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Peter Mark Roget
The Man Who Became a Book
US$ 14.99 (+ tax)
Every day thousands of people worldwide consult Roget’s Thesaurus. How many stop to consider why that endlessly useful reference book is so called? Of those who know that it owes its name to the man who first devised it, how many know anything more about him? Yet Peter Mark Roget was one of the most remarkable men of the nineteenth century and he achieved much in his long life. He did not even begin the great work of classification which bears his name until he was 70. Before that, the polymathic Roget had already made his own contributions to knowledge in a dozen different fields from optics and anatomy to mathematics and education. He would probably have been surprised that his posthumous reputation rests on his thesaurus. No doubt he would have expected that it would be his involvement in the foundation of the University of London that would be his lasting legacy. Or his books on magnetism, galvanism and physiology. Or his scientific papers on persistence of vision, with their later impact on the development of motion pictures. Or his association with major thinkers such as the computer pioneer Charles Babbage and the philosopher Jeremy Bentham. The range of his interests was astonishing and, for sixty years, he was at the centre of the intellectual revolution of his times. Nick Rennison’s biography reveals the full story of Roget’s involvement with the great issues and the great personalities of the nineteenth century and recounts the forgotten life behind one of the most famous of all reference books.
Pocket Essentials; September 2009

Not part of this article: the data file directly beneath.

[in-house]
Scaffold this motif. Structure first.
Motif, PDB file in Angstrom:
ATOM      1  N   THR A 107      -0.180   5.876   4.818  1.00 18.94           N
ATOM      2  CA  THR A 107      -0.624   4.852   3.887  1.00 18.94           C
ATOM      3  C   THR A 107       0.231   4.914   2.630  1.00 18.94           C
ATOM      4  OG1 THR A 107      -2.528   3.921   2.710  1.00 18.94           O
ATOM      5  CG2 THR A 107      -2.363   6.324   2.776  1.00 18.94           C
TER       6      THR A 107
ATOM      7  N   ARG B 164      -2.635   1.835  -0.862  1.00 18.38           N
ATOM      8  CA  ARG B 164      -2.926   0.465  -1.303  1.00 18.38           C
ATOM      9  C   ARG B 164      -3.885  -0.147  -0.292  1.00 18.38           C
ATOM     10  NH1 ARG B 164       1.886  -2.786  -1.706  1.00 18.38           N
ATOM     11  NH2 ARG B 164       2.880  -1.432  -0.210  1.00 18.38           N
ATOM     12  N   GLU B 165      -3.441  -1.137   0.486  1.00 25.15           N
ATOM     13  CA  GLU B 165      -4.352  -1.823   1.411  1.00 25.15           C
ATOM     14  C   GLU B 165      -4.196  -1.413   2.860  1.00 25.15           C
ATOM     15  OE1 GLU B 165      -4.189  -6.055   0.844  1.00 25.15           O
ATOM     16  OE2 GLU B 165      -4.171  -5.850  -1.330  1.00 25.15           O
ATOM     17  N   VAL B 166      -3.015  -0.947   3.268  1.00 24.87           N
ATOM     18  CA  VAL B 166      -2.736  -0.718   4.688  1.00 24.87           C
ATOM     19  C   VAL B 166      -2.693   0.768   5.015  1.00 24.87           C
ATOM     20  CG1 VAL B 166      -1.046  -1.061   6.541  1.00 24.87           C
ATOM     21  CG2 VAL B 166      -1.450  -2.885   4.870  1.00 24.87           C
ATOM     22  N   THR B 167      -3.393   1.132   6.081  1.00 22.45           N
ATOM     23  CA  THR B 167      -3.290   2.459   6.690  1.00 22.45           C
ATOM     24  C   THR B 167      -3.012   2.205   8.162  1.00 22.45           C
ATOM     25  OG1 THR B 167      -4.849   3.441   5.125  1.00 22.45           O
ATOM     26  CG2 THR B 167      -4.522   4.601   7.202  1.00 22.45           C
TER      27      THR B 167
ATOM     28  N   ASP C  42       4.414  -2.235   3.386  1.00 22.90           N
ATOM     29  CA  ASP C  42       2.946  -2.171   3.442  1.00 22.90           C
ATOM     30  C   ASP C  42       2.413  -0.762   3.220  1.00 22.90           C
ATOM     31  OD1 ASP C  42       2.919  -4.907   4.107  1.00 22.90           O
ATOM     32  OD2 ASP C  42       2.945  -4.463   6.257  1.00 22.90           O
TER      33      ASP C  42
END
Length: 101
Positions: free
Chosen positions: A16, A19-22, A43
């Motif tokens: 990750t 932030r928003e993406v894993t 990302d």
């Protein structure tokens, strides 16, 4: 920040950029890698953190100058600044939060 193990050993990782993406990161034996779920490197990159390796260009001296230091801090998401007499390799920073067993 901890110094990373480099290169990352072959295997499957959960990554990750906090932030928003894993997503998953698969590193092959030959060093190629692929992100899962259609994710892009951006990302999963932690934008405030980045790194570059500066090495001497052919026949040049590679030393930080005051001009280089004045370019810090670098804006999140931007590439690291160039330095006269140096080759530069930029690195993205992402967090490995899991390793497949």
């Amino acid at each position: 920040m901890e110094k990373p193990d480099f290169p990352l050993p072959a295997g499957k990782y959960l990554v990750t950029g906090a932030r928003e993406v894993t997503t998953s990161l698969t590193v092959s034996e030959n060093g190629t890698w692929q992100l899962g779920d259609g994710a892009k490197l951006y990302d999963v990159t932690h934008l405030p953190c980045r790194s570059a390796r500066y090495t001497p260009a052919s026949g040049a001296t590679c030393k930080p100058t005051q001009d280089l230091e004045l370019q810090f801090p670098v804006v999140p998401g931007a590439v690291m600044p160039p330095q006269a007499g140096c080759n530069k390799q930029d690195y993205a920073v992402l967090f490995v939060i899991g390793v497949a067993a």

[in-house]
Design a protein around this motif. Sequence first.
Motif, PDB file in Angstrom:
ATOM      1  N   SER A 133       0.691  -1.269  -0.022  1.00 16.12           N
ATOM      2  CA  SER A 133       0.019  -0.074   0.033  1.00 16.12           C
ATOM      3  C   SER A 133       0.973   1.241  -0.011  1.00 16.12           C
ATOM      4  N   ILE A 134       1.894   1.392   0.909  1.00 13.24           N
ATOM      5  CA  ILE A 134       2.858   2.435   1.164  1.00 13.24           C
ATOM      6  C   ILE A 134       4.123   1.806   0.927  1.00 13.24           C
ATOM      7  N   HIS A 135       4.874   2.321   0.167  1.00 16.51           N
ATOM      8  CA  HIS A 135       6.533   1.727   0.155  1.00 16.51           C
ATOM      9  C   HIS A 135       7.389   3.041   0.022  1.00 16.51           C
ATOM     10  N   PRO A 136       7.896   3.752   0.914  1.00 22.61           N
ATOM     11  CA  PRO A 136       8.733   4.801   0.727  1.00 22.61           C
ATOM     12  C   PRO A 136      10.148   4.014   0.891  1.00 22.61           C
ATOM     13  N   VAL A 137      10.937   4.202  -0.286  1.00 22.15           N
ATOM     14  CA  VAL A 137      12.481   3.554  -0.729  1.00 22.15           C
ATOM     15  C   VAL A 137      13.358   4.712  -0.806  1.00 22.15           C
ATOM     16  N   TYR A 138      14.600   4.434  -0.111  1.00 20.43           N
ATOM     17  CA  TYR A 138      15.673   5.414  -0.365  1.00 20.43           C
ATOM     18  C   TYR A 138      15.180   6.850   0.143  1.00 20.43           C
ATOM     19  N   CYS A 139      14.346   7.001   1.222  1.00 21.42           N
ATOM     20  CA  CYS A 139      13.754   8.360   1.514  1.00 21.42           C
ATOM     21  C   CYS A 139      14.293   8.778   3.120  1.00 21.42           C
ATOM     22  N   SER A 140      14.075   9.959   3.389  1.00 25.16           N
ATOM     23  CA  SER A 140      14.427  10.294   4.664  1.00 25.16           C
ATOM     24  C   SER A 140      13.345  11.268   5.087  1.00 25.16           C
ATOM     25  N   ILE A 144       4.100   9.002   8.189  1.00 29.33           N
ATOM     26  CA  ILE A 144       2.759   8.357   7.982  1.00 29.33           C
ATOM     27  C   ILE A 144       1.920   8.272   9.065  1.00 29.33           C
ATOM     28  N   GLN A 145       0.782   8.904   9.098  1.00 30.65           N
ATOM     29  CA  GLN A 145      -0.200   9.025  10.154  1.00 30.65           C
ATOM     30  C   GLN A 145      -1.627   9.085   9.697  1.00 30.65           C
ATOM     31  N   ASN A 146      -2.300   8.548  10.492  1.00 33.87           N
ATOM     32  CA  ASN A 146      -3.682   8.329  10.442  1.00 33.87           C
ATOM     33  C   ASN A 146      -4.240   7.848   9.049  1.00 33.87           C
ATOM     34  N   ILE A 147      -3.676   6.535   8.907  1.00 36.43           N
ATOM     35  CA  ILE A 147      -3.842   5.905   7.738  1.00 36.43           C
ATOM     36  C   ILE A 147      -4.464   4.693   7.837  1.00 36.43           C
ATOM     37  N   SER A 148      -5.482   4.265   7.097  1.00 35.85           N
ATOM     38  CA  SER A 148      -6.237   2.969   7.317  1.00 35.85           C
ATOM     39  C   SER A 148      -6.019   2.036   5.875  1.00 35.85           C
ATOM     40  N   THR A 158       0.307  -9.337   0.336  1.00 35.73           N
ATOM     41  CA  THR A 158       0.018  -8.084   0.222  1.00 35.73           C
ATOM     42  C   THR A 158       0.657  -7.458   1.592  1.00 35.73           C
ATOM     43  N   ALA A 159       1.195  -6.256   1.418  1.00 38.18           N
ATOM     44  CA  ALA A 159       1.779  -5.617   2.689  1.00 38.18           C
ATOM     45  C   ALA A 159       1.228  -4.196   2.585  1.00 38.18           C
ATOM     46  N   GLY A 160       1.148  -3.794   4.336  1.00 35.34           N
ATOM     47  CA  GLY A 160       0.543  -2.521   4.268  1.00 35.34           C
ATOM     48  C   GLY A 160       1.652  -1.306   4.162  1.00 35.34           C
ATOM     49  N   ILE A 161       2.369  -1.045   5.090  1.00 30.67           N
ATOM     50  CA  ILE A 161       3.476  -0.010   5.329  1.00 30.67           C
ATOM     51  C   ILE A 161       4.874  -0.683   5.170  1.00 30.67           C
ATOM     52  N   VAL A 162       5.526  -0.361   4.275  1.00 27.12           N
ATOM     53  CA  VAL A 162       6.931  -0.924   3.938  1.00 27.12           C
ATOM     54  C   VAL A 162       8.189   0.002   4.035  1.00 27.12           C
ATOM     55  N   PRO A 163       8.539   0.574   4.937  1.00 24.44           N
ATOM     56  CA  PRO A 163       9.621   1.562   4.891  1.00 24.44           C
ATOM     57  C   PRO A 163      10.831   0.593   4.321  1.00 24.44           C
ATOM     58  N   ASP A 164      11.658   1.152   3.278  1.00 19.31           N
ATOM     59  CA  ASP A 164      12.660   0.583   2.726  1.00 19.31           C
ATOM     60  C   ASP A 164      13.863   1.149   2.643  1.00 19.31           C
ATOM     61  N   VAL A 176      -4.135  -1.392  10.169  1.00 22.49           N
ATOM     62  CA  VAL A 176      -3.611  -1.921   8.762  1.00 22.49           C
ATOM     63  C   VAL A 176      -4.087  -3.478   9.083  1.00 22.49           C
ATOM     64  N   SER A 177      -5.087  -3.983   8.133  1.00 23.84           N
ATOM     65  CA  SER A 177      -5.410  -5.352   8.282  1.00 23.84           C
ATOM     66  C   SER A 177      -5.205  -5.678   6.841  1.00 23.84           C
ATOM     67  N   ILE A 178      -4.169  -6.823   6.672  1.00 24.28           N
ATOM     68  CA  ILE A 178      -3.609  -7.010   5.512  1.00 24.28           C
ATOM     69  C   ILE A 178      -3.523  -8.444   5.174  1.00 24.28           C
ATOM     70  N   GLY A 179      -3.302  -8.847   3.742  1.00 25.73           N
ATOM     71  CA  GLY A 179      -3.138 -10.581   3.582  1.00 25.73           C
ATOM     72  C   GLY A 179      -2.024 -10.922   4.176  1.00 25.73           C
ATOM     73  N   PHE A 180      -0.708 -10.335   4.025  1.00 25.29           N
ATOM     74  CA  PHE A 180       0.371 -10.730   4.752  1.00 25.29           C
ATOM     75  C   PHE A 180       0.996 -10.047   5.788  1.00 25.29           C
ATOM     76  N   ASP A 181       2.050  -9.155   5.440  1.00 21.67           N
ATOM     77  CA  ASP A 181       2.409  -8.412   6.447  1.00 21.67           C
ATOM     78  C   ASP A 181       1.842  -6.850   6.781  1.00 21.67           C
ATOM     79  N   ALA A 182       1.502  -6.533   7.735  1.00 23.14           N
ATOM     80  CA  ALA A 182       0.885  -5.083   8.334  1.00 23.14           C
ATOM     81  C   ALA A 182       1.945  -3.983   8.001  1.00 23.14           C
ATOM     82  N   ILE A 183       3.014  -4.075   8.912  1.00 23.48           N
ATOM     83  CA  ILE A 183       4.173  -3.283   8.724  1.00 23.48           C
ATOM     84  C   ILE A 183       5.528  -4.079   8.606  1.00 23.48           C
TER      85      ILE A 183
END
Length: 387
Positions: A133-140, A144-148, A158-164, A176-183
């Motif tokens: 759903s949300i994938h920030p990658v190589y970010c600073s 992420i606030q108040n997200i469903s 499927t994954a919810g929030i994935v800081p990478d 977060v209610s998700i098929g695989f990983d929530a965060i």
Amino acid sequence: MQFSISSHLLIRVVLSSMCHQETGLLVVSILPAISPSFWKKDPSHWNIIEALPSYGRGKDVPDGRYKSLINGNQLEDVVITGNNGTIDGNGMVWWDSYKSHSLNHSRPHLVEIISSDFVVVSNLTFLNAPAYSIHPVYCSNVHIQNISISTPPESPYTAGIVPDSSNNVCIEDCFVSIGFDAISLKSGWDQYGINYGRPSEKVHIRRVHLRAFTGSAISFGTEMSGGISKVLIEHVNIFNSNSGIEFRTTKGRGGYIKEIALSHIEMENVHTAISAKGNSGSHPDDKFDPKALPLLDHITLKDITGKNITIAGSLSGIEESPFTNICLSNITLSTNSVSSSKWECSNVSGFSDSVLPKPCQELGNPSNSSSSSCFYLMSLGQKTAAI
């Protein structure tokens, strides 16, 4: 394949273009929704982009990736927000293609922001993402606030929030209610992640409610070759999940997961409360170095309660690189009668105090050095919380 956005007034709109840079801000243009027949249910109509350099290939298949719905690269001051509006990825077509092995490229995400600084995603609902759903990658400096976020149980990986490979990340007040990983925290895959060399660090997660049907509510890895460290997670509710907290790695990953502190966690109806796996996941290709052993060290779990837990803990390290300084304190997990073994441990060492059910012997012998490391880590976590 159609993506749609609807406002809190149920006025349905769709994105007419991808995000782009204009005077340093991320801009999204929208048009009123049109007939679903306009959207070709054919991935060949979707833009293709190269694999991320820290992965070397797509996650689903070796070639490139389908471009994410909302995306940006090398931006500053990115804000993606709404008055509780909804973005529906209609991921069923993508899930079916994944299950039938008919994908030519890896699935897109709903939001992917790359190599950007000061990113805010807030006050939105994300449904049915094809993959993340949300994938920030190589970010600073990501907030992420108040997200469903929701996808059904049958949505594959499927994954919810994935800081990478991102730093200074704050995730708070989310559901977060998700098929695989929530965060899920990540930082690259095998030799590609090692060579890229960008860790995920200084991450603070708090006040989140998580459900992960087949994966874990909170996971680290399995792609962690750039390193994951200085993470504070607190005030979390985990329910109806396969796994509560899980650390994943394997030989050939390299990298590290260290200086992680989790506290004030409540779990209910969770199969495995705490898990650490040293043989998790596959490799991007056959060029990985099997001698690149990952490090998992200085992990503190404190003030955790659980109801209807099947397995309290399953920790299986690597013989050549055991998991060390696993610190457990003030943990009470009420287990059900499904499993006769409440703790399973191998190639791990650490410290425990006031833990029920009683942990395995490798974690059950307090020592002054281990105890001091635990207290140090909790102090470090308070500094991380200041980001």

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Every day thousands of people consult Roget’s Thesaurus. It has a place on the bookshelves of English speakers around the world. Look in the reference section of any bookshop or the databases of internet booksellers and you will find dozens of current editions of a work that was first published more than a century and a half ago. International Roget’s Thesaurus, Students’ Roget’s, Roget’s 21st Century Thesaurus, Pocket Roget’s Thesaurus. The list goes on and on. The influence of Roget’s Thesaurus has extended from the work of academic linguists and computer scientists to the dead parrot sketch in Monty Python’s Flying Circus, in which much of the humour derives from John Cleese running through a list of synonyms for ‘dead’ that has quite clearly been culled from the famous reference book. Yet how many of those who consult it stop to consider why that endlessly useful work is called Roget’s Thesaurus? Of those who know that it owes its name to the man who first devised it, how many know anything more about him? A little investigation shows that Peter Mark Roget was one of the more remarkable men of his day and he achieved much in a long life that stretched from the years when Britain was fighting rebellious colonists in the American War of Independence to the high Victorian era. He did not even begin seriously to compile the great work of classification which bears his name until he was 70. Before that, the polymathic Roget had already made his own contributions to knowledge in a dozen different fields, from optics and anatomy to mathematics and education. He might well have been surprised if he had been able to discover that his posthumous reputation rests entirely on his thesaurus. No doubt he would have expected that his involvement in medical education would prove to be an equally lasting legacy. Or his books on magnetism, galvanism and physiology. Or his work on visual perception and the scientific paper on persistence of vision, which was to have an impact he could not have suspected on the later development of motion pictures. Or his association with the Royal Society, then as now the country’s most prestigious scientific society, of which he was Secretary for more than twenty years. The range of Roget’s interests was remarkable and, for the best part of seven decades, he played a leading role in British intellectual and scientific life. Any list of his friends and acquaintances is like a roll call of the great, the good and the greatly gifted in Britain from the late Georgian period to the high Victorian era. Here is a man who inhaled mind-altering substances with Wordsworth and Coleridge; swapped ideas with James Watt, Jeremy Bentham, Humphry Davy and Michael Faraday; crossed swords with the computer pioneer Charles Babbage and the geologist Charles Lyell. Here is a man who was often at the cutting edge of nineteenthcentury research into everything from electricity to infectious diseases.Yet today, although his name lives on in the title of a reference work, the man himself has been largely forgotten. There has been only one major biography of him in the last hundred years and that was published in 1970. This book is not an attempt to match the groundbreaking work of DL Emblen in Peter Mark Roget:The Man and the Word, which remains the definitive life, but it does try to rescue Roget from the indifference of posterity and to provide a short survey of his long and richly productive life.
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